Q:Fantasy: What’s your favorite song? How does it relate to you?
A:Dj Bomshell Boogie: “Get By” By: Talib Kweli it has a Nina Simone sample in it.
It’s one of my all time favorites. It makes you feel good to get by… Talib rapping, Kanye West on the beat and Nina Simone.
Q:Fantasy: What do you love most about life?
A:Dj Bomshell Boogie: The ever-growing process of learning… I learn about life as I live it. I never want to be stagnant. I hope to learn something new every day as I grow older.
Q:Fantasy: How does your audiences response make you feel? What are some of the most memorable things that your fans have said to you?
A:Dj Bomshell Boogie: My fans ride for me. I play music… I’m a catalyst. The responses are overwhelming. People tell me that they love me or that they love all of my mix tapes. It makes me humble. I feel so blessed. I do it all for them. Knowing that they support me keeps me relevant and keeps me growing. My fans have been my motivation thru some of my toughest times. It’s as if they come thru for me whenever I’m going thru something (i.e. face book comments, etc.)
Q:Fantasy: If you could rewrite the history of African-Americans what would you change about our past? why?
A:Dj Bomshell Boogie: We focused so much on integrating that we lost sight of our own cohesiveness as a people. I’m totally for fighting against Jim Crow, the KKK (Klu Klux Klan) and police brutality. As some people left our communities and moved into elite communities it led to a crystallization of our ghetto. I wish that we would’ve created better communities for ourselves instead of creating others. The interpretation of the Civil Rights Movement vs. the truth from those who were actually a part of it differed.
Q:Fantasy: If you could run for political office what would you choose to become? What’s the first thing that you would change about the world?
A:Dj Bomshell Boogie: I can’t see myself running for office. I feel that no one cares about social change or real issues… it’s more of a career move.
Q:Fantasy: You’re on your way to the biggest gig of your career and about five minutes away from your exit… in the car in front of you the driver has a seizure then the car suddenly catches a fire, in the car next to you a man is threatening to shoot his wife and son, then turn the gun on himself. What do you do?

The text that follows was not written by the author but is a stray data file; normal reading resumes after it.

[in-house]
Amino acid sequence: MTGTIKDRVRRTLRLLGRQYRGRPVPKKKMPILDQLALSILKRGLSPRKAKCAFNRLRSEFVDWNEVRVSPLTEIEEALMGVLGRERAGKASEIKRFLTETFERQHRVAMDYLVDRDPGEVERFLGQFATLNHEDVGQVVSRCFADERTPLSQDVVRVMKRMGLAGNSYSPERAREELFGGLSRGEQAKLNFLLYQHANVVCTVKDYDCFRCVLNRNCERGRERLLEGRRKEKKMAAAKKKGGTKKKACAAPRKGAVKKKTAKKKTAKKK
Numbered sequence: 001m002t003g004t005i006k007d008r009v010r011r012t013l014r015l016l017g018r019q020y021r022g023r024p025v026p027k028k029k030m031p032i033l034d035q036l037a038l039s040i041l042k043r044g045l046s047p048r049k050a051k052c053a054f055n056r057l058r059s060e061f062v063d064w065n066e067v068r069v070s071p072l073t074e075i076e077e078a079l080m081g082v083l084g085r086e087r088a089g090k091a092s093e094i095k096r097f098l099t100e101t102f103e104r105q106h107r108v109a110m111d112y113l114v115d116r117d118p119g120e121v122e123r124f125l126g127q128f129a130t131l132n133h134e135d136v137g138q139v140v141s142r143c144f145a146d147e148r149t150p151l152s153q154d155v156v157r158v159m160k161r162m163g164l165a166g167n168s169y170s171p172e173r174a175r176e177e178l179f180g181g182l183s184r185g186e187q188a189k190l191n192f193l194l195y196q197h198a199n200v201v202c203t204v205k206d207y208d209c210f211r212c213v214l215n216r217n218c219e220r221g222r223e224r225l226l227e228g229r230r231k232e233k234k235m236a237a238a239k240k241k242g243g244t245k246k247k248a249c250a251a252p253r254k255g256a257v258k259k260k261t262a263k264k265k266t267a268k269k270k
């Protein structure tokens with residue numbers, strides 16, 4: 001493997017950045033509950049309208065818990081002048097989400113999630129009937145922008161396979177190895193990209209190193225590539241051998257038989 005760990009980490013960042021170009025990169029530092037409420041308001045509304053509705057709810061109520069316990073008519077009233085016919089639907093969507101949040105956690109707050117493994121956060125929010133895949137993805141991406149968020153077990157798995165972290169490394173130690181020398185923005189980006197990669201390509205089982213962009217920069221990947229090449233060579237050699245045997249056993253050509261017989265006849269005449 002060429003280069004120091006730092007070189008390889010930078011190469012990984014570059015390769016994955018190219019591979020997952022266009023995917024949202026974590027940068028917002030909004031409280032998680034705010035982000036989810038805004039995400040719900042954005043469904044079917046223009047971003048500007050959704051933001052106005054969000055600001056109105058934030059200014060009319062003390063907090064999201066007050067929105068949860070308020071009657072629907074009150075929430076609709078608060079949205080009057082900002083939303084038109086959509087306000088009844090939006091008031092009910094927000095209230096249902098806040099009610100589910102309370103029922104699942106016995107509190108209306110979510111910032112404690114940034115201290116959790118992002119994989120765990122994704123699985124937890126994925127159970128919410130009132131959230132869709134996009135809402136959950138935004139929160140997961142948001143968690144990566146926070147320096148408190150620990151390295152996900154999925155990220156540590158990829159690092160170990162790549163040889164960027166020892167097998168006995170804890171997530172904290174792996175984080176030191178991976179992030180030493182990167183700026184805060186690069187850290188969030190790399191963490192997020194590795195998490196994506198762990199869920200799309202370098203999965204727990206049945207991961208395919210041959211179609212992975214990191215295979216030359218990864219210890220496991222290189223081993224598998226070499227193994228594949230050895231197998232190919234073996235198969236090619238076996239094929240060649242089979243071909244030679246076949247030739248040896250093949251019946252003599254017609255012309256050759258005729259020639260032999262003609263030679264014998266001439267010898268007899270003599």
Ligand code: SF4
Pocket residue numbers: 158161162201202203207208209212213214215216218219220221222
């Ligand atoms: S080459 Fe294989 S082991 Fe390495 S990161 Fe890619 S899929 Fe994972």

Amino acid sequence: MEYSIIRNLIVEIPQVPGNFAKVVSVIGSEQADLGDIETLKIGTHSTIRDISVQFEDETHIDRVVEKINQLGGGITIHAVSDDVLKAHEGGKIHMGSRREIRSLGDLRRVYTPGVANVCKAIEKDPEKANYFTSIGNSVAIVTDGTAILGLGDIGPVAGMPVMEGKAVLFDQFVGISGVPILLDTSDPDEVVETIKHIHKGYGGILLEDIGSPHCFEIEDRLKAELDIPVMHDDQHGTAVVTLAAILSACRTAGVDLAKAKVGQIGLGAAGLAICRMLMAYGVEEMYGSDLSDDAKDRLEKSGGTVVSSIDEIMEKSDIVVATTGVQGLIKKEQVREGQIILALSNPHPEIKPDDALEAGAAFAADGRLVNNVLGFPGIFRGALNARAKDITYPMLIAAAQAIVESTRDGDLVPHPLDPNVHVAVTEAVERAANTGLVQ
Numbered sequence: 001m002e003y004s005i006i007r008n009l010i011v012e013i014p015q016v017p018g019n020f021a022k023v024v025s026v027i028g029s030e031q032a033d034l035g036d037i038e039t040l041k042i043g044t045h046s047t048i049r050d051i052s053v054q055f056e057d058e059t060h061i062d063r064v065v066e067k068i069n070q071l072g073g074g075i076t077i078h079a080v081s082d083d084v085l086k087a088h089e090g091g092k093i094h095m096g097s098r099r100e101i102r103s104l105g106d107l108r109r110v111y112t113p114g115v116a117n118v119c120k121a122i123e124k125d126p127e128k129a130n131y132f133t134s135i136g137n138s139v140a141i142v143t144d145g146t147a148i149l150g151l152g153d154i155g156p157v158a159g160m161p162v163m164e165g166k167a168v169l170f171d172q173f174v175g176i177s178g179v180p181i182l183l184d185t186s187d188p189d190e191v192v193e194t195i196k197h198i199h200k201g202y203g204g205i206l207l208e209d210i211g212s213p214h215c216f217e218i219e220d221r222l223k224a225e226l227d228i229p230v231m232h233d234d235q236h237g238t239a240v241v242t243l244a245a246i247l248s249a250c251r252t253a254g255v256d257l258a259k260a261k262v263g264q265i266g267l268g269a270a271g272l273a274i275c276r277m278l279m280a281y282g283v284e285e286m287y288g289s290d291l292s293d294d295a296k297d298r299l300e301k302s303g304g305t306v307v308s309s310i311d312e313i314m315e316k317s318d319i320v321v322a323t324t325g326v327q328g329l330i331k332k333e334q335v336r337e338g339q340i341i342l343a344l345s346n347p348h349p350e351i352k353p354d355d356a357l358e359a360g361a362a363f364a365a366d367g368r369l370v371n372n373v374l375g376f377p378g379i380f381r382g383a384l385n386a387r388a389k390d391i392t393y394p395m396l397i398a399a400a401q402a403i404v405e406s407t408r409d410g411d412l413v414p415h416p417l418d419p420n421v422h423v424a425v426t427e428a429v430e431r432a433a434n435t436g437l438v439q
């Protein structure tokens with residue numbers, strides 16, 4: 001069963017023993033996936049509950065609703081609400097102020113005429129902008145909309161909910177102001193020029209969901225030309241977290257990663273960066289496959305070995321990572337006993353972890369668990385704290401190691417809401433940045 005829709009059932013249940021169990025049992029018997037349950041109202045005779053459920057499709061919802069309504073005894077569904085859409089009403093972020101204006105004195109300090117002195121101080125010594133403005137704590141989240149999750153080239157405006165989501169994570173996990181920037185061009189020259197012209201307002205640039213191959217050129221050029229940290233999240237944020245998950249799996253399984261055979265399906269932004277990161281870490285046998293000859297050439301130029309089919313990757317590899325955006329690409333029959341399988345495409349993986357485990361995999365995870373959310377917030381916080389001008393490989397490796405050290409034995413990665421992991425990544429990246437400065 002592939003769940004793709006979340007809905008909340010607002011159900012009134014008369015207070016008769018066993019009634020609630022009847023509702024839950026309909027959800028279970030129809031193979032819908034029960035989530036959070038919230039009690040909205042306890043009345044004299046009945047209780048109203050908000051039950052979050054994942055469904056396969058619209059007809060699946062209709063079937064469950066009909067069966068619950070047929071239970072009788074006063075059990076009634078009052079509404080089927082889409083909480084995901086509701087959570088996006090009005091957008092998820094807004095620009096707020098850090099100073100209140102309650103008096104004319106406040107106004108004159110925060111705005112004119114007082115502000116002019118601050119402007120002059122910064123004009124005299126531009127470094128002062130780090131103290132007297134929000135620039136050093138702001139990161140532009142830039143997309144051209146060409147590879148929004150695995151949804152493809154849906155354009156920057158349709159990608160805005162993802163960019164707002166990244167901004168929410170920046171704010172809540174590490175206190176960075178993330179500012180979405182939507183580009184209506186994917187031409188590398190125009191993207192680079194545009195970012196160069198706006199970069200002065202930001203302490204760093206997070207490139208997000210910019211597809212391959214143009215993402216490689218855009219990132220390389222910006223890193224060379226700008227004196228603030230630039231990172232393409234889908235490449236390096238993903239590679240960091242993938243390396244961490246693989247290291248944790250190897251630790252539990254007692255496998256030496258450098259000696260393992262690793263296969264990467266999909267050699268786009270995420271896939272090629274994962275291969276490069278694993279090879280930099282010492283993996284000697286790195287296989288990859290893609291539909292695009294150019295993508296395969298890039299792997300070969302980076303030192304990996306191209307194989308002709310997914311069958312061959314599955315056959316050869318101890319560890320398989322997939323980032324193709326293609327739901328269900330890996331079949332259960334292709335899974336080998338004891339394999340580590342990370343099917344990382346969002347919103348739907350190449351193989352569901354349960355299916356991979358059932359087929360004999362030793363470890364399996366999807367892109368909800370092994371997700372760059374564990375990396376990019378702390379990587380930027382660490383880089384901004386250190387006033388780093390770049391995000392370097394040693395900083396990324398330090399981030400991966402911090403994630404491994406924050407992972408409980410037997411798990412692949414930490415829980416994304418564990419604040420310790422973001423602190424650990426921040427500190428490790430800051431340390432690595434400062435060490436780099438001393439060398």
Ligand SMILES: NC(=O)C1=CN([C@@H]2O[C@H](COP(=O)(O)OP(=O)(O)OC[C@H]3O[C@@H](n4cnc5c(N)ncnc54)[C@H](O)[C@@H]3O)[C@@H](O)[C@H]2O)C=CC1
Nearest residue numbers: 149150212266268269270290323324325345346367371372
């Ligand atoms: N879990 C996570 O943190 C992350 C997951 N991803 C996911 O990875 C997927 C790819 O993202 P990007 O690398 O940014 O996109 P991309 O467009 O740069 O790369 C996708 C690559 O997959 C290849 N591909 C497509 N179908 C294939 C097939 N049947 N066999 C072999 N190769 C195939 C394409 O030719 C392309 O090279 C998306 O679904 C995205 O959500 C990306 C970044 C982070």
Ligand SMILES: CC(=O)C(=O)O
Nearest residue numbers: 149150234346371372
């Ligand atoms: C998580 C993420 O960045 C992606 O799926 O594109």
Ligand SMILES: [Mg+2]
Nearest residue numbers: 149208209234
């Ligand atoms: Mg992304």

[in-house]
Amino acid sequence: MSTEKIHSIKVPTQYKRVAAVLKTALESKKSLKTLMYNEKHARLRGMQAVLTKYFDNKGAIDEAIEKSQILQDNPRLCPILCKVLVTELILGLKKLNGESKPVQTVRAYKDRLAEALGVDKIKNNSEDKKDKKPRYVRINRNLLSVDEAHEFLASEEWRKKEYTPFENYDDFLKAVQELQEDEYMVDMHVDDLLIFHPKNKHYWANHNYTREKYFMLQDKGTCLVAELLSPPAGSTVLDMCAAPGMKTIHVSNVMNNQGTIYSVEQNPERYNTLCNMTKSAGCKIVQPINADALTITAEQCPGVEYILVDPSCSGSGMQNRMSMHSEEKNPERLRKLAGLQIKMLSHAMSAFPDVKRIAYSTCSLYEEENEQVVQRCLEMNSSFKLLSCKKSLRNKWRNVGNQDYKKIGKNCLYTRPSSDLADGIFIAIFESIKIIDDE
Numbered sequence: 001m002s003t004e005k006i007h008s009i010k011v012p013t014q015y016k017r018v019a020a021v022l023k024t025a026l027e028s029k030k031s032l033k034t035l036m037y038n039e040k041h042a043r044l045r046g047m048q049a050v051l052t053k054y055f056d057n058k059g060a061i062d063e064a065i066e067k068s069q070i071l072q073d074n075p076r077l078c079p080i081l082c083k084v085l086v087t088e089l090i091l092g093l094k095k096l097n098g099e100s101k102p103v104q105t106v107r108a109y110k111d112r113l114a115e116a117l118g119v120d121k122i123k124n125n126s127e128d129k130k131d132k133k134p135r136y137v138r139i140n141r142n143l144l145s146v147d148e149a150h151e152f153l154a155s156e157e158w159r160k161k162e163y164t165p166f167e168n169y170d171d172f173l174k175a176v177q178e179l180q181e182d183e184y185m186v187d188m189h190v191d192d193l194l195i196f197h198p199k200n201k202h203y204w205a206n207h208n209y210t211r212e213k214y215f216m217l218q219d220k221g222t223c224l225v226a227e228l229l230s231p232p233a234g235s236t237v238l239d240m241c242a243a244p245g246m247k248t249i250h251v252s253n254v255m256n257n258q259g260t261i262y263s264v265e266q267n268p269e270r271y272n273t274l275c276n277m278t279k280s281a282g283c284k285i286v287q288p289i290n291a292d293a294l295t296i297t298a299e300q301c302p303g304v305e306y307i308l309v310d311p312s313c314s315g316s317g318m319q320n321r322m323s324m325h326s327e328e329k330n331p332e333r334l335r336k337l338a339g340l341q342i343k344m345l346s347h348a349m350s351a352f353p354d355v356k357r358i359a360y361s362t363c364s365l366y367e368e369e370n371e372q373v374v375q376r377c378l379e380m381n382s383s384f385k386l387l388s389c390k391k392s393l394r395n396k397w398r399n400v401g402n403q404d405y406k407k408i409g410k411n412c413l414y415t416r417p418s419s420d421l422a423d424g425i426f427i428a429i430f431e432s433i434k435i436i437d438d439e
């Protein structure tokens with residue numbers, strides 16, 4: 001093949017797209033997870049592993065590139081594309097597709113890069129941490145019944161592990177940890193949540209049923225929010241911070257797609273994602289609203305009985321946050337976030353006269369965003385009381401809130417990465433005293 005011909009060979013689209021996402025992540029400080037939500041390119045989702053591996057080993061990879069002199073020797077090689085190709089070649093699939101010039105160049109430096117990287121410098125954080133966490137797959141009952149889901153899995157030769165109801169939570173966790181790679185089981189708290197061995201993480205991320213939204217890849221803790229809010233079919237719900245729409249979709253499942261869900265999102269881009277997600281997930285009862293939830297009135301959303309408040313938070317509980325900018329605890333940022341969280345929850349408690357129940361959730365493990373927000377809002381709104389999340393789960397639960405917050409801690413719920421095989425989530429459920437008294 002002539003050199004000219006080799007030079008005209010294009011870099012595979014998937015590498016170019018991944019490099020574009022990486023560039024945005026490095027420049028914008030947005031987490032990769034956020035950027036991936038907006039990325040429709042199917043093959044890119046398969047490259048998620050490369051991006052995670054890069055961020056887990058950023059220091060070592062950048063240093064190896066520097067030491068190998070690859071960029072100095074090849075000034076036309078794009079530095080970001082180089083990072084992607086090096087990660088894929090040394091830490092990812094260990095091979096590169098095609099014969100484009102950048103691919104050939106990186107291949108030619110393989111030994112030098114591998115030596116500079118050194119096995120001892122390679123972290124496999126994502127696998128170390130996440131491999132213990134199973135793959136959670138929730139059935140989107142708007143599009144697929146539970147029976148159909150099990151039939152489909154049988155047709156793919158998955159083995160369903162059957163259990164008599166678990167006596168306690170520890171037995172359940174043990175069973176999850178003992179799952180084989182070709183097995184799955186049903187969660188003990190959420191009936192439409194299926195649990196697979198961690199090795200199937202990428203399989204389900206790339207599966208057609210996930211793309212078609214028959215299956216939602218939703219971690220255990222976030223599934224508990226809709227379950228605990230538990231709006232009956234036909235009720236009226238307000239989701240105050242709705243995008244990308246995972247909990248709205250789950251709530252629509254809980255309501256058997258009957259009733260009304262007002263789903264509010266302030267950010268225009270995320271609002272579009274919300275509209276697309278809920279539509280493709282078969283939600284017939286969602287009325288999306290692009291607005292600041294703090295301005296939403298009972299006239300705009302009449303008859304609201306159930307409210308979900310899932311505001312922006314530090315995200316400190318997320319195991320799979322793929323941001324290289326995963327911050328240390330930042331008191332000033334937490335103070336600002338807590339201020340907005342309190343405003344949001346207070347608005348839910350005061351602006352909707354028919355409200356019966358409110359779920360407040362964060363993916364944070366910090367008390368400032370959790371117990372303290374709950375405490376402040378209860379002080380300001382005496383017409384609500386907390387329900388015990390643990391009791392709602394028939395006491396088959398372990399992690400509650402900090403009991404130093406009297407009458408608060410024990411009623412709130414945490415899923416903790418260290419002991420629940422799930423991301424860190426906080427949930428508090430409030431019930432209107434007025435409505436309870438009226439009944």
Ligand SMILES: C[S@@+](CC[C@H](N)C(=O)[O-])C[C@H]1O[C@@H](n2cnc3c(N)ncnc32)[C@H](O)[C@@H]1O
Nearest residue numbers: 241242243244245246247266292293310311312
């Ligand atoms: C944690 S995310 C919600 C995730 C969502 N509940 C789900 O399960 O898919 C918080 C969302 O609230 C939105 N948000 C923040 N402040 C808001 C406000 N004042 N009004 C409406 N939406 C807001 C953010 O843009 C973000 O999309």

A: Do you keep going
B: Do you help the person next to you?
C: Do you help the person in front of you?
A:Dj Bomshell Boogie: You never know what you’d do until you get in that situation. I just don’t know. Sometimes we are capable of doing things when we’re in certain situations that we never knew we were capable of doing. I would help anyone that needs my help no matter the cost. I don’t know how I would help, but I would. “What I do for myself… I would do for my brother.”
Q:Fantasy: How do you feel after being interviewed? How do you think you fans will feel about you after reading this? How do you feel about sharing your total self with me?
A:Dj Bomshell Boogie: This was a good interview… it was cool. I was asked some things that I’ve never been asked before. I hope that this interview gives my supporters a little more insight as to who I am as a person… behind my craft. I am who I am… I can’t change that. I offer what I offer to the world. I would like to make an impact within the lives of others. I feel that we were all put on Earth to share the light that lives within us. I want to do good and make contributions to the world before I die.
“We are passionate about beings that have been blessed with the ability to move mountains with their minds!”